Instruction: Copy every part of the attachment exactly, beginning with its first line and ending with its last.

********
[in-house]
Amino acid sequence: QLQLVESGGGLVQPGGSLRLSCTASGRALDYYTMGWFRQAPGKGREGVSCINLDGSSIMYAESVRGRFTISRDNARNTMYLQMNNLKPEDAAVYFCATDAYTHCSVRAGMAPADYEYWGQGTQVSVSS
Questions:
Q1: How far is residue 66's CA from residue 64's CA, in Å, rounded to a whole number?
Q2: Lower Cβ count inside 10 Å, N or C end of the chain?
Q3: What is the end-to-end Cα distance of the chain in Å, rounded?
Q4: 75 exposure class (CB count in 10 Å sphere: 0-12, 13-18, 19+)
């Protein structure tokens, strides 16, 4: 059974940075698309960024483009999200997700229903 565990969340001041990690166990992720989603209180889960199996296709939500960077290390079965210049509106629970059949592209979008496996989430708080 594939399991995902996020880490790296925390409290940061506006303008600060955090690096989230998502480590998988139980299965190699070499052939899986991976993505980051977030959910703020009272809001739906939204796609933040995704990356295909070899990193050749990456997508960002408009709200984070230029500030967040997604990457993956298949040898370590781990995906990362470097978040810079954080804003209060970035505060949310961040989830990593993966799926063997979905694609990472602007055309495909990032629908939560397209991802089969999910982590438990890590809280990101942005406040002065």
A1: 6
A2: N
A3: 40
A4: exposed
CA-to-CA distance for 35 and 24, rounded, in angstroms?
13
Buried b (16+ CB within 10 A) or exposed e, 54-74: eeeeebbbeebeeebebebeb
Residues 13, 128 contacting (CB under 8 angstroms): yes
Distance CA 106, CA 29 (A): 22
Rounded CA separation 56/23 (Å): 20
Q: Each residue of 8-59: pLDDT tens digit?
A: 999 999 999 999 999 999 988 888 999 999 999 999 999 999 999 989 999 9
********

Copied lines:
[in-house]
Amino acid sequence: QLQLVESGGGLVQPGGSLRLSCTASGRALDYYTMGWFRQAPGKGREGVSCINLDGSSIMYAESVRGRFTISRDNARNTMYLQMNNLKPEDAAVYFCATDAYTHCSVRAGMAPADYEYWGQGTQVSVSS
Questions:
Q1: How far is residue 66's CA from residue 64's CA, in Å, rounded to a whole number?
Q2: Lower Cβ count inside 10 Å, N or C end of the chain?
Q3: What is the end-to-end Cα distance of the chain in Å, rounded?
Q4: 75 exposure class (CB count in 10 Å sphere: 0-12, 13-18, 19+)
């Protein structure tokens, strides 16, 4: 059974940075698309960024483009999200997700229903 565990969340001041990690166990992720989603209180889960199996296709939500960077290390079965210049509106629970059949592209979008496996989430708080 594939399991995902996020880490790296925390409290940061506006303008600060955090690096989230998502480590998988139980299965190699070499052939899986991976993505980051977030959910703020009272809001739906939204796609933040995704990356295909070899990193050749990456997508960002408009709200984070230029500030967040997604990457993956298949040898370590781990995906990362470097978040810079954080804003209060970035505060949310961040989830990593993966799926063997979905694609990472602007055309495909990032629908939560397209991802089969999910982590438990890590809280990101942005406040002065």
A1: 6
A2: N
A3: 40
A4: exposed
CA-to-CA distance for 35 and 24, rounded, in angstroms?
13
Buried b (16+ CB within 10 A) or exposed e, 54-74: eeeeebbbeebeeebebebeb
Residues 13, 128 contacting (CB under 8 angstroms): yes
Distance CA 106, CA 29 (A): 22
Rounded CA separation 56/23 (Å): 20
Q: Each residue of 8-59: pLDDT tens digit?
A: 999 999 999 999 999 999 988 888 999 999 999 999 999 999 999 989 999 9